Intel (NASDAQ:INTC) withdrew its guidance for all of 2020 and offered up a lower-than-expected outlook for the current second-quarter, citing uncertainty driven by the ongoing COVID-19 pandemic. 

In conjunction with its first-quarter earnings release, the world's largest chipmaker announced it was withdrawing guidance for the full year due to COVID-19. 

A stack of Microprocessors on a black/gray table.

IMAGE SOURCE: GETTY IMAGES.

"Our factories remain operational and in Q1, we are able to mitigate most of the COVID-19 related supply chain disruptions and fulfill all of our customers' committed client CPU orders as expected," said Intel CEO Bob Swan during a conference call to discuss the quarter and outlook with Wall Street. "Near term PC demand has increased due to work-from-home and online learning. But the second half demand picture is more uncertain." Intel said it expects data center demand from enterprise and government customers to be weaker in the second half of 2020. 

As for the tech stock's second-quarter, Intel said adjusted earnings should come in at $1.10 a share, and revenue should be $18.5 billion, lower than what some Wall Street analysts had expected. If Intel is able to achieve its target, it would represent 12% year-over-year growth in revenue and a 4% increase in EPS. That's much lower than the growth it achieved in the first quarter.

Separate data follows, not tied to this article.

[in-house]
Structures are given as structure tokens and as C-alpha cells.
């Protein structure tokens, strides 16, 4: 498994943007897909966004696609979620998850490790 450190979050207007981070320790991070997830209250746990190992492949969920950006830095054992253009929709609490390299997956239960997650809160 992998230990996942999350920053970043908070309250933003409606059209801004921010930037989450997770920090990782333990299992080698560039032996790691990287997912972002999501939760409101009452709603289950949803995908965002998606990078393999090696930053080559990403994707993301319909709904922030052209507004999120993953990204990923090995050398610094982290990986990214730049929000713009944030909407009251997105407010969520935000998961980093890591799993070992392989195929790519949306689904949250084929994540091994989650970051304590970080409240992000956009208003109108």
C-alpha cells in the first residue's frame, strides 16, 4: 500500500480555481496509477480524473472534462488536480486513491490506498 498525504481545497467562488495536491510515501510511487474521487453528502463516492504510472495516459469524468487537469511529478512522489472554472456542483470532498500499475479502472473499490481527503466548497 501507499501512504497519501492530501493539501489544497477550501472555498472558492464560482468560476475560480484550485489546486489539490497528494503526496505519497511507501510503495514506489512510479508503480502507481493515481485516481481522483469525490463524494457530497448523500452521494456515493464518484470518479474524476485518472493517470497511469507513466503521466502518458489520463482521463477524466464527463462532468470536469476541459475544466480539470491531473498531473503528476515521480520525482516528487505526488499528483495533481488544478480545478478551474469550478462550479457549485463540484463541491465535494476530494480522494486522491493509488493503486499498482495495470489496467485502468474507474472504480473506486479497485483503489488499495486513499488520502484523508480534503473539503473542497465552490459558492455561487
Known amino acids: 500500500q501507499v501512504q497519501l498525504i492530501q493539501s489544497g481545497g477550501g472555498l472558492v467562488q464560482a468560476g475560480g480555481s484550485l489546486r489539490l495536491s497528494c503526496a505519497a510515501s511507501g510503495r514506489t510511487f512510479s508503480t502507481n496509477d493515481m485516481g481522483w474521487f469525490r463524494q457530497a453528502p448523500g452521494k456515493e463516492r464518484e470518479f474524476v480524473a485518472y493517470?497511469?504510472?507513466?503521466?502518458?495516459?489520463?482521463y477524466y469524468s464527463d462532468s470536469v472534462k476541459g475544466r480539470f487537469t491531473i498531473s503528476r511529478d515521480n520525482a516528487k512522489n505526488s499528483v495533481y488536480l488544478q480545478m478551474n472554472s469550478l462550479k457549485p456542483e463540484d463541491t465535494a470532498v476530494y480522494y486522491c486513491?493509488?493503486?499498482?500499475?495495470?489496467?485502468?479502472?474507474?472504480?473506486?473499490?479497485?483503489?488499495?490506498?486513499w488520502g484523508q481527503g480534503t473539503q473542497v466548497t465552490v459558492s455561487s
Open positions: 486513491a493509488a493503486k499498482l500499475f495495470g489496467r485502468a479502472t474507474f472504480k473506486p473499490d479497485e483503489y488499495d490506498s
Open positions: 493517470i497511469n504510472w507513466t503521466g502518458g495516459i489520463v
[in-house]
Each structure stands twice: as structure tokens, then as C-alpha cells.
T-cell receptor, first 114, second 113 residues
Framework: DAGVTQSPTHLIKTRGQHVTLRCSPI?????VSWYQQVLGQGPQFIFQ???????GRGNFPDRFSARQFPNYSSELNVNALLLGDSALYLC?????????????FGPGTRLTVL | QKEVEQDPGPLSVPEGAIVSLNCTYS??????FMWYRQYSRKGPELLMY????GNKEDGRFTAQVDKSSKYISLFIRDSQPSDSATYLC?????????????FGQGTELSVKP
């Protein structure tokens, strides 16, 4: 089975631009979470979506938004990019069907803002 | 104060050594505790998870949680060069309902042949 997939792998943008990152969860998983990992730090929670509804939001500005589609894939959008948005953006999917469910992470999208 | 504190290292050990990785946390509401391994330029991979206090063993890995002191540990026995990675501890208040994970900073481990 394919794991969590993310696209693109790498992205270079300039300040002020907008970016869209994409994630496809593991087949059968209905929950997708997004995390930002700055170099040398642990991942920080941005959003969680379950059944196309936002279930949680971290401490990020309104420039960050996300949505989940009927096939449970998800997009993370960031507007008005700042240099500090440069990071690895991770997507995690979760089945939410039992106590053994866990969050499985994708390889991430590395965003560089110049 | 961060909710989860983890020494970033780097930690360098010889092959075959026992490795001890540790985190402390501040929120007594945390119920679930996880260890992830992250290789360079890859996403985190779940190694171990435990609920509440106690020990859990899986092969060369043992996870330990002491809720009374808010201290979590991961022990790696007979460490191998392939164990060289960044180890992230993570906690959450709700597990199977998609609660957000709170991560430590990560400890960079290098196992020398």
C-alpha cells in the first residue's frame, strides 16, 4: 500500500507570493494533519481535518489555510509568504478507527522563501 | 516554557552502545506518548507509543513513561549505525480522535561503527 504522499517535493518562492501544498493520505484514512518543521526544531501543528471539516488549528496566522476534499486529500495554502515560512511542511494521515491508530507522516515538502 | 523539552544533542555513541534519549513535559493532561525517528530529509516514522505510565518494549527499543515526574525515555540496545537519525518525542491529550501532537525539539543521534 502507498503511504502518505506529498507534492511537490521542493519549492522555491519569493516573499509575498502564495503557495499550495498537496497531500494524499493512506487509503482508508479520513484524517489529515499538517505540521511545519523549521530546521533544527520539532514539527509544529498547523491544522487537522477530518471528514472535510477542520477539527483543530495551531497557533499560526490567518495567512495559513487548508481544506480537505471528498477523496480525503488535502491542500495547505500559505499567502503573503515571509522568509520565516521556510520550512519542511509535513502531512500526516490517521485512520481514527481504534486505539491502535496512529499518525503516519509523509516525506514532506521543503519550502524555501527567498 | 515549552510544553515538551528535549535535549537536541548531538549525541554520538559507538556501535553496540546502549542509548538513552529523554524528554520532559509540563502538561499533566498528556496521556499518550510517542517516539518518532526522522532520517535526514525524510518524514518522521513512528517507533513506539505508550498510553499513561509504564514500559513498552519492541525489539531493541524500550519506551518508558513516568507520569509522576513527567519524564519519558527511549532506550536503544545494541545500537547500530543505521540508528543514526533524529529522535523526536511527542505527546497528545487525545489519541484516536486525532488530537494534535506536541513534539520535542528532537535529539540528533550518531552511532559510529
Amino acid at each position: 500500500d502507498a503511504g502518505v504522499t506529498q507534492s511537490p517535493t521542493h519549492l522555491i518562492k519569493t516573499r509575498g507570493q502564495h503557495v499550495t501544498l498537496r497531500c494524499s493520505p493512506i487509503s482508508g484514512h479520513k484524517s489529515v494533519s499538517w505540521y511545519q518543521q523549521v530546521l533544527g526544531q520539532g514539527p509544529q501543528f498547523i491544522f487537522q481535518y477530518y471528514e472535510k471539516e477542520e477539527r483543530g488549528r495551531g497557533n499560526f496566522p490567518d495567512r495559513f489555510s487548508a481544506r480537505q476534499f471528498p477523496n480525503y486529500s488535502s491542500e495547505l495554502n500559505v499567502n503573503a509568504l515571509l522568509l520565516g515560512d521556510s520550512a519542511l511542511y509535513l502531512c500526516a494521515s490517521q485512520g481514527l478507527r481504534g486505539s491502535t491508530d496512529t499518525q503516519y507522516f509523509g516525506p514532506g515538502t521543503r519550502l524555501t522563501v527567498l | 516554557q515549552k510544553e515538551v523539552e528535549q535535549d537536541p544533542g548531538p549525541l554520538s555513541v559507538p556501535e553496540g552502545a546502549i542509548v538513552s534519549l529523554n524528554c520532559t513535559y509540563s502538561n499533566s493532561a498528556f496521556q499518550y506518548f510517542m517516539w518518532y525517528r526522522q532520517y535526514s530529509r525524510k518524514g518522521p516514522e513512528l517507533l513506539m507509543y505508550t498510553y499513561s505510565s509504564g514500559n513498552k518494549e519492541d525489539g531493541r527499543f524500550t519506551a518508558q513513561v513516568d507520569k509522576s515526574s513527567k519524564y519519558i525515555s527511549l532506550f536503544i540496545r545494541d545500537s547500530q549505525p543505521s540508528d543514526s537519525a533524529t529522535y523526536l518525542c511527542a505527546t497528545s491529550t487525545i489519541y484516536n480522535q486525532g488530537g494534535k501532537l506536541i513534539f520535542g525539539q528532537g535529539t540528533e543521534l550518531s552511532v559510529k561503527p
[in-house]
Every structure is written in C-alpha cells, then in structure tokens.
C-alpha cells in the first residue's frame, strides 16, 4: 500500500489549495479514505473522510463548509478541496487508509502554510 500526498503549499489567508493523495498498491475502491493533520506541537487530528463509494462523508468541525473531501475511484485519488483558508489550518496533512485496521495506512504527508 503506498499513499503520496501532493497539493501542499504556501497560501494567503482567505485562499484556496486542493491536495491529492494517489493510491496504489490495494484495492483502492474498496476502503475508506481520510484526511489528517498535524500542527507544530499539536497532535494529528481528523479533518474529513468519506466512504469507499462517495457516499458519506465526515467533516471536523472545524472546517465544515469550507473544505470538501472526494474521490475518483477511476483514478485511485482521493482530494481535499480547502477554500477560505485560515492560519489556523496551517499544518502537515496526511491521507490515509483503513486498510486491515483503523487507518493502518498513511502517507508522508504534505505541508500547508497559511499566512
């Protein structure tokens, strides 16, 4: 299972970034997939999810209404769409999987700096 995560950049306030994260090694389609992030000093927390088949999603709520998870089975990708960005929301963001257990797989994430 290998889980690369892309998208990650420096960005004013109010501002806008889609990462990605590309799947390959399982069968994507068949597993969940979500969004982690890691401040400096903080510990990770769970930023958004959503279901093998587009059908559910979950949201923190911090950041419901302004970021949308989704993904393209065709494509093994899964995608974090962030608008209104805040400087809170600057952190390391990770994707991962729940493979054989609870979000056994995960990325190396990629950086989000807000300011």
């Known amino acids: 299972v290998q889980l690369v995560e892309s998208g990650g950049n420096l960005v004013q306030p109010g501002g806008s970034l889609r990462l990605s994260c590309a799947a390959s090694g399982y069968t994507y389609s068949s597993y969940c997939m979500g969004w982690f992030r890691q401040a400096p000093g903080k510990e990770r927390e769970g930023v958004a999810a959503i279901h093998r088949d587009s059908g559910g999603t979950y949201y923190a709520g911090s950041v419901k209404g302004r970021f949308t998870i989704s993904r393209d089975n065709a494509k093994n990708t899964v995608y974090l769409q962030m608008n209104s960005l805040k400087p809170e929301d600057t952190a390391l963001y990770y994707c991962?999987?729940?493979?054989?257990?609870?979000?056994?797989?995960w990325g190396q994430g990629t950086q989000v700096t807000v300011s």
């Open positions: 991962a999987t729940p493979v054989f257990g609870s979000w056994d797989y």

For its first-quarter, Intel weighed in with adjusted earnings of $1.45 a share and revenue of $19.83 billion.  Revenue was up 23% year-over-year with data-centric sales up 34%, and PC centric revenue up 14% compared to last year.  EPS was 63% higher year-over-year. 

"The role technology plays in the world is more essential now than it has ever been, and our opportunity to enrich lives and enable our customers' success has never been more vital," said Intel's CEO in prepared remarks. "I am confident we will emerge from this situation an even stronger company."